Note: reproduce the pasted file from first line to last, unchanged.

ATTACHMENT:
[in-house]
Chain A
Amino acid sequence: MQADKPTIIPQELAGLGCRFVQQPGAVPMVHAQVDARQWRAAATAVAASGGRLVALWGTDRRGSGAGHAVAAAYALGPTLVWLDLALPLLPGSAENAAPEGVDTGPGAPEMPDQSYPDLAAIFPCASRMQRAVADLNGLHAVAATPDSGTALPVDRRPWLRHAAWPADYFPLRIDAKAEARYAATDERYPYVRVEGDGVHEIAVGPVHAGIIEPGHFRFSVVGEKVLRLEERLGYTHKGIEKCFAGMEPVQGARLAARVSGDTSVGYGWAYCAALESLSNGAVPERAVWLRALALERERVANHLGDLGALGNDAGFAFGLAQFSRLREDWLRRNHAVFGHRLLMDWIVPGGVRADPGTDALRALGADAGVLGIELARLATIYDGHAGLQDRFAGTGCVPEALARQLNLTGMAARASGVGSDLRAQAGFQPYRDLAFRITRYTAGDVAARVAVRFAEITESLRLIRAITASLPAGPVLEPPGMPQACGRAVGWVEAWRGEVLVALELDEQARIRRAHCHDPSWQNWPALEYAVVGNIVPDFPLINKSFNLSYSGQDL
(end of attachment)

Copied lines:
[in-house]
Chain A
Amino acid sequence: MQADKPTIIPQELAGLGCRFVQQPGAVPMVHAQVDARQWRAAATAVAASGGRLVALWGTDRRGSGAGHAVAAAYALGPTLVWLDLALPLLPGSAENAAPEGVDTGPGAPEMPDQSYPDLAAIFPCASRMQRAVADLNGLHAVAATPDSGTALPVDRRPWLRHAAWPADYFPLRIDAKAEARYAATDERYPYVRVEGDGVHEIAVGPVHAGIIEPGHFRFSVVGEKVLRLEERLGYTHKGIEKCFAGMEPVQGARLAARVSGDTSVGYGWAYCAALESLSNGAVPERAVWLRALALERERVANHLGDLGALGNDAGFAFGLAQFSRLREDWLRRNHAVFGHRLLMDWIVPGGVRADPGTDALRALGADAGVLGIELARLATIYDGHAGLQDRFAGTGCVPEALARQLNLTGMAARASGVGSDLRAQAGFQPYRDLAFRITRYTAGDVAARVAVRFAEITESLRLIRAITASLPAGPVLEPPGMPQACGRAVGWVEAWRGEVLVALELDEQARIRRAHCHDPSWQNWPALEYAVVGNIVPDFPLINKSFNLSYSGQDL